I've tried 20 or more recipes in this book and each one was a huge success, due to Emeril's painstaking care to include detailed instructions. I knew nothing about cajun or creole cooking prior to watching "Emeril Live" on the Food TV network, then visited Emeril's Restaurant in New Orleans ... we were fortunate to be able to sit at the "Chef's Bar" and Emeril personally cooked our dinners while we observed. THIS is an experience we will never forget. The entire dinner was absolutely SUPERB ... definitely a five-star dinner. That was when I decided to buy Emeril's book, Louisiana Real & Rustic. It was the beginning of a wonderful culinary adventure for me, a person who "didn't like spicy food" ... hah! I've changed my mind! Be sure to try Emeril's recipe for "Smashing Smashed Potatoes" from Louisiana Real & Rustic ... it will forever change your opinion of mashed potatoes ... guaranteed!
15 of 18 people found the following review helpful
on July 6, 1997
The newest Food Network superstar could become the next Paul Prudhomme
and has put a lot of "BAM" into his recipes. Emeril Lagasse's Louisiana
Real & Rustic is his second book and whereas the layout of the book
itself does not view well for the eyes, the recipes themselves are
outstanding. Emeril Lagasse, a former executive chef at Commander's
Palace in New Orleans doesn't use fancy names for his dishes or give
every detail in the cooking directions. However, for the person who has
more than just a little knowledge in the culinary arts the final
products created are mouth watering delicacies: Oyster and Spinach Soup,
Duck and Wild Mushroom Gumbo, Shrimp Pernod, Catfish Pecan Meuni(re,
Pepper-Stuffed Turkey, Crusted Tenderloin of Rabbit and Creole Cream
Cheese Ice Cream. Louisiana Real & Rustic may be a bit primitive yet has
the personality that really does make you want to say "BAM".
Louisiana Real & Rustic by Emeril Lagasse is published by Morrow
Recipes are written somewhat crudely but the products are of premiere
9 of 10 people found the following review helpful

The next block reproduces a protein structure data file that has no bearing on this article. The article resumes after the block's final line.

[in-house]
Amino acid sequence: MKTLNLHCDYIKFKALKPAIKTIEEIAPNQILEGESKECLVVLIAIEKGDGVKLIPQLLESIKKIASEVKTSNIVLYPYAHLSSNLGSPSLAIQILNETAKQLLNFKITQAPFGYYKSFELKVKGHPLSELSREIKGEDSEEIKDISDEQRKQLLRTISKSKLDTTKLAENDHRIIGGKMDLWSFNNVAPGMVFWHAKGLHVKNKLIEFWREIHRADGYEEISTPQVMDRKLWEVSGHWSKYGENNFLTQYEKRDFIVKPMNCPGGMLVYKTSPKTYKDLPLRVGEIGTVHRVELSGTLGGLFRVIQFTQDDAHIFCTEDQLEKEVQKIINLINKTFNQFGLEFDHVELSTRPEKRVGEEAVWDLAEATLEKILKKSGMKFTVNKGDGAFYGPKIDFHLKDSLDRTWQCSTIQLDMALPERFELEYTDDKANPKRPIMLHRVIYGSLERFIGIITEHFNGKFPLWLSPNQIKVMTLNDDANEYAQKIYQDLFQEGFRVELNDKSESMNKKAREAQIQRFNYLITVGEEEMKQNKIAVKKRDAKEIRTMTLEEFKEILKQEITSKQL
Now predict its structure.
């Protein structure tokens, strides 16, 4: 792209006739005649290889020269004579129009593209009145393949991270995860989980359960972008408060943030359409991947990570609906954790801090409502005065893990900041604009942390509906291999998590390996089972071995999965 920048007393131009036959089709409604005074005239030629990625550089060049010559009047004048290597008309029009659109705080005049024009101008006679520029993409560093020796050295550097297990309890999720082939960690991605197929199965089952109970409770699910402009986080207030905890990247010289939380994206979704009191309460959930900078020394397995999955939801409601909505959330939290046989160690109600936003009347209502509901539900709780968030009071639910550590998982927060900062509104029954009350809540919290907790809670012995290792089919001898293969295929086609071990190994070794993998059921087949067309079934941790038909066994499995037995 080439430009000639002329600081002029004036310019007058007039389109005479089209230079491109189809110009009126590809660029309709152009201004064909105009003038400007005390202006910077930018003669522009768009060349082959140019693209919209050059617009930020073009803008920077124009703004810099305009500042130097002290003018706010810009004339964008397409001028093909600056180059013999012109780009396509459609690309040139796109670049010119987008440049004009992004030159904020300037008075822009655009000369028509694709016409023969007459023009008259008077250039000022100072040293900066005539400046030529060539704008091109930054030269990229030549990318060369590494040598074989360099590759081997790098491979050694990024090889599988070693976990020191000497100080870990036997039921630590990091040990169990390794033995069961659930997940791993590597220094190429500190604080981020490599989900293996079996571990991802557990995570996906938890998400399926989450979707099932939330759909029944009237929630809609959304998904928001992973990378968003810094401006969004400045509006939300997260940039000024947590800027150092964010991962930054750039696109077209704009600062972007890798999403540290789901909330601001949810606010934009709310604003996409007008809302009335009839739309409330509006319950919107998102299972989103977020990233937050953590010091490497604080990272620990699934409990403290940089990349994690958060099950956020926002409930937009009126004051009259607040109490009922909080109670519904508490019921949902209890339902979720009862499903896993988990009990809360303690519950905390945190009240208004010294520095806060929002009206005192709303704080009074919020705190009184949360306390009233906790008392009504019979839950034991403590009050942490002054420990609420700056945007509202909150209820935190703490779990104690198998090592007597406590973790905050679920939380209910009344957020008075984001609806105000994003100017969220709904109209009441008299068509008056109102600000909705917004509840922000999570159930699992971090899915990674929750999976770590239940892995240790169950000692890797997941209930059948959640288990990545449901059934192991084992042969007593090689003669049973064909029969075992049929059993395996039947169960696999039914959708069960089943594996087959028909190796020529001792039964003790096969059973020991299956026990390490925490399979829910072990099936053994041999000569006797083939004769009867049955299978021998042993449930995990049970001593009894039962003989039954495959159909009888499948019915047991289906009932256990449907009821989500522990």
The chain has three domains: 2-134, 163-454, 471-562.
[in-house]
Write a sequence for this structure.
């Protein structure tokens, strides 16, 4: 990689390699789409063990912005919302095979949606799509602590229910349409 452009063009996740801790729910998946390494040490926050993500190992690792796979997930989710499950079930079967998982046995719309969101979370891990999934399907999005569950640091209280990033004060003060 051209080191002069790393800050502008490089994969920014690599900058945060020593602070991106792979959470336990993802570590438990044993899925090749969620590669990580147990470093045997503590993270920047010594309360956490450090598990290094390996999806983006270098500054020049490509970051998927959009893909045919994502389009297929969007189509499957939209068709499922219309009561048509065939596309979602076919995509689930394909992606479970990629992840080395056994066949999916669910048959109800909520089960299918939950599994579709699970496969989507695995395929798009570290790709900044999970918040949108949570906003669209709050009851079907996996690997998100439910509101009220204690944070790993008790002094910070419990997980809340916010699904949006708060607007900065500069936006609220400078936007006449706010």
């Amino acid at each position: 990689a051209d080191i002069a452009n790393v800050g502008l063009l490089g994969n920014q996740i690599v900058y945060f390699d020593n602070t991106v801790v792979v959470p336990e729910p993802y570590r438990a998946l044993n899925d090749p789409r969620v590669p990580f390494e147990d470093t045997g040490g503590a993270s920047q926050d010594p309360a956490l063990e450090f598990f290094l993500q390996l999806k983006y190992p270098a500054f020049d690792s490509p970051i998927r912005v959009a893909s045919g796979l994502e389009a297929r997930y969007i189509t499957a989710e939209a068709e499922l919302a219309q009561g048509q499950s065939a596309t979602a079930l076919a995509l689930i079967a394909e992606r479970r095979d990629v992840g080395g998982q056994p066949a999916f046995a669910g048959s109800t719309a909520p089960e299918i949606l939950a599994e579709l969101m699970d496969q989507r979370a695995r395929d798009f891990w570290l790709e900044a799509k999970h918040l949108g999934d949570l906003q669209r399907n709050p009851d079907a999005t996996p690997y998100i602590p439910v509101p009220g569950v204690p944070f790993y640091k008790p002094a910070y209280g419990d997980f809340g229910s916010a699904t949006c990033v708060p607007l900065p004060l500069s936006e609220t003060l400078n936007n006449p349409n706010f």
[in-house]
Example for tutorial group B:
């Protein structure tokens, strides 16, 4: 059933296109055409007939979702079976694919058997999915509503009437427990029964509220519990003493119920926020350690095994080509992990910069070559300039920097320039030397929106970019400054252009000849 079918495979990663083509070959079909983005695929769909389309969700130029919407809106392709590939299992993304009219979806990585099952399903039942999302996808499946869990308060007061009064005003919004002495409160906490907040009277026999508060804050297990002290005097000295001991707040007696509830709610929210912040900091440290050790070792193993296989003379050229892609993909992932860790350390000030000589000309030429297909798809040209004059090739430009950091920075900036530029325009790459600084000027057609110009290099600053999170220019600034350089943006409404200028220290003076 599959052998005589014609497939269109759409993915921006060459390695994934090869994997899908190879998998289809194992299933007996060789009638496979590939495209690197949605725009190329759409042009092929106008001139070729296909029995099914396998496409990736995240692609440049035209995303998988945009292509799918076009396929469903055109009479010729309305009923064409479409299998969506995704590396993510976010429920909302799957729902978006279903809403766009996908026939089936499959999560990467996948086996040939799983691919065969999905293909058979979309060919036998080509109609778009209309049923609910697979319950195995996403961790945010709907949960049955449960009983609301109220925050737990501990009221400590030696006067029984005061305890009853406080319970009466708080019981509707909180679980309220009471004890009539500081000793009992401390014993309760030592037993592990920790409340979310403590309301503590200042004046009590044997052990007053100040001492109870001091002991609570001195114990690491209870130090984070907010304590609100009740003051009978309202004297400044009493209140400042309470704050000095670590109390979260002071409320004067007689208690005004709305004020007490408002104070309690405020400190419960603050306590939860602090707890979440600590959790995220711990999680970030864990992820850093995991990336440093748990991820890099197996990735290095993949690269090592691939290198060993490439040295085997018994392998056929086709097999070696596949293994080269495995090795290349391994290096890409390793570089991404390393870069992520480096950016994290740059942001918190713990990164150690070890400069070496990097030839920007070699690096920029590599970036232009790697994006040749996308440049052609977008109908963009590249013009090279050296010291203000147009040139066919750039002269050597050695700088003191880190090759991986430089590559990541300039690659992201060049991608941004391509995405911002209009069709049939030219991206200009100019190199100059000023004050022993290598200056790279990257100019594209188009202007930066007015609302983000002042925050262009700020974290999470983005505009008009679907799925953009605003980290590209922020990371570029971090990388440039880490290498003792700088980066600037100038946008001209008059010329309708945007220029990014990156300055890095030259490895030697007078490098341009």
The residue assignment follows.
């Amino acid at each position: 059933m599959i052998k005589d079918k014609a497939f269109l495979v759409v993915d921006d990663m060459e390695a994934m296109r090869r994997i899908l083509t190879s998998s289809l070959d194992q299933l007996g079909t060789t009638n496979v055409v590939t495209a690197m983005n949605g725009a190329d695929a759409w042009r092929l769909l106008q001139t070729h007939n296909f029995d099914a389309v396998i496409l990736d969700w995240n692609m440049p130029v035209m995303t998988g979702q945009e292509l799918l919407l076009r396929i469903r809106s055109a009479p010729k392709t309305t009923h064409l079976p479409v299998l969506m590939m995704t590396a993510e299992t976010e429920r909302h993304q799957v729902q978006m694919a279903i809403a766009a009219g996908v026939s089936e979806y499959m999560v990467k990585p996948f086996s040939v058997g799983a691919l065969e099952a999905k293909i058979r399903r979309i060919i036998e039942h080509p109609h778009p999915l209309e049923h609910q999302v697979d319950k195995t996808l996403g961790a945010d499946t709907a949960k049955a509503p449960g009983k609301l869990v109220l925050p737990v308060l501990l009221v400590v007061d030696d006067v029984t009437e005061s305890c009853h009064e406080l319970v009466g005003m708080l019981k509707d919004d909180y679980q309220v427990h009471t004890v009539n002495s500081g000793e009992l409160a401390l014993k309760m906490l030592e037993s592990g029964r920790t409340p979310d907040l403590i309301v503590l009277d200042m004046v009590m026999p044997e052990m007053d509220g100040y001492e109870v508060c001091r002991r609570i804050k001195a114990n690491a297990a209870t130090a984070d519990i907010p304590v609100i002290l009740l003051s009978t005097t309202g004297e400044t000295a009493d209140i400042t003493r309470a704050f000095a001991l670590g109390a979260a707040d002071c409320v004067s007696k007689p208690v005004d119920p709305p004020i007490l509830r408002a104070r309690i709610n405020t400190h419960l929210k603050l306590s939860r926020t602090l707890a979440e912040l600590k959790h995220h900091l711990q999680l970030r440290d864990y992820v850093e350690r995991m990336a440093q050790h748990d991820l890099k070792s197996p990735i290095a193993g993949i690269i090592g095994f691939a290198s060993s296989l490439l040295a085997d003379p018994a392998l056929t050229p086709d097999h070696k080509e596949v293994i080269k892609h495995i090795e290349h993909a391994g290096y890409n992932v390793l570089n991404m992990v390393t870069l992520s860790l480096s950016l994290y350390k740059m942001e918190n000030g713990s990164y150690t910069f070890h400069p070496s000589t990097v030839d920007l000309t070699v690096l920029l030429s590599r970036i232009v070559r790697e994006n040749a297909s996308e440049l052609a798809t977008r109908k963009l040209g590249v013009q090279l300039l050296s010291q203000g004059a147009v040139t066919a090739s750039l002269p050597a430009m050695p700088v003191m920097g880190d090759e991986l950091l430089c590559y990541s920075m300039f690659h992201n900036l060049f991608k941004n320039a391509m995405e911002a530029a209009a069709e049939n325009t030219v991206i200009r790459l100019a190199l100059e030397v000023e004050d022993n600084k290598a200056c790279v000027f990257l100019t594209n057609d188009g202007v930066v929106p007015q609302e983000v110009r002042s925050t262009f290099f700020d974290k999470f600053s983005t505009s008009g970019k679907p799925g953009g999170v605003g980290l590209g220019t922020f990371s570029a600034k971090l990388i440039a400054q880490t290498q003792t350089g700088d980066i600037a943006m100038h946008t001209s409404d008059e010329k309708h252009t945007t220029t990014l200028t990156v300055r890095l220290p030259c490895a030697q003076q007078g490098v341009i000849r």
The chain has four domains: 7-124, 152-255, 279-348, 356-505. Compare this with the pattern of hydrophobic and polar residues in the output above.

on December 20, 2000
I got this book from a friend who recently visited New Orleans for a conference and ate in one of Emeril's restaurants. She knows that I'm an avid cook who likes to try new things and has never been to Lousiana. This book is excellent for many reasons. First and foremost the recipes are great. They are well-selected and straight-forward to follow. Very often the secret to a special twist in the local or ethnic cuisine lies in the basics of being able to make the right kind of broth or sauce base. Emeril provides a wealth of information in this regard. He also shows once again that often the simple, traditional recipes are the best. All of the recipes he provides come from Louisiana locals and he gives us the stories of how he found these recipes. These are very interesting and entertaining. One of my favorites is the seafood gumbo and he describes how he learned to make it from an old fisherman as they were riding on his boat. The book also gets high marks for pleasing the eye: the photography throughout is outstanding. The pictures have nothing to do at all with the recipes most of the time, though, so if you do need visuals as a guide, this is not the book for you. However: his cooking instructions are so clear that in my opinion instructive pictures are superfluous anyway. Get it, read it, cook, and enjoy!
10 of 11 people found the following review helpful
on October 12, 1999
This is an excellent book with simple easy to follow recipies from Emeril's own restaurants...I highly recommend the BBQ shrimp and the Banana Cream Pie
5 of 5 people found the following review helpful
on February 2, 2002
It seems nobody takes Emeril seriously just because he is famous, wildly successful and did have a failed attempt at a horrible tv show. But that aside, Emeril Lagasse is an excellent chef. He's where he is for a reason. I was a skeptic, scoffing at him, but now I amoung the "Emeril cult". This book is great. I use it all the time. I served the crawfish etouffee for a dinner party and got rave reviews. I served the candied yams for Thanksgiving and again had people talking. Trust me, this book is a keeper. Don't listen to those who are just jealous and resentful of his success.
7 of 8 people found the following review helpful
on May 13, 1997
The newest Food Network superstar could become the next Paul Prudhomme and has put a lot of "BAM" into his recipes. Emeril Lagasse's Louisiana Real & Rustic is his second book and whereas the layout of the book itself does not view well for the eyes, the recipes themselves are outstanding. Emeril Lagasse, a former executive chef at Commander's Palace in New Orleans doesn't use fancy names for his dishes or give every detail in the cooking directions. However, for the person who has more than just a little knowledge in the culinary arts the final products created are mouth watering delicacies: Oyster and Spinach Soup, Duck and Wild Mushroom Gumbo, Shrimp Pernod, Catfish Pecan Meuni(re, Pepper-Stuffed Turkey, Crusted Tenderloin of Rabbit and Creole Cream Cheese Ice Cream. Louisiana Real & Rustic may be a bit primitive yet has the personality that really does make you want to say "BAM".
Louisiana Real & Rustic by Emeril Lagasse is published by Morrow Publishing.
Recipes are written somewhat crudely but the products are of premiere quality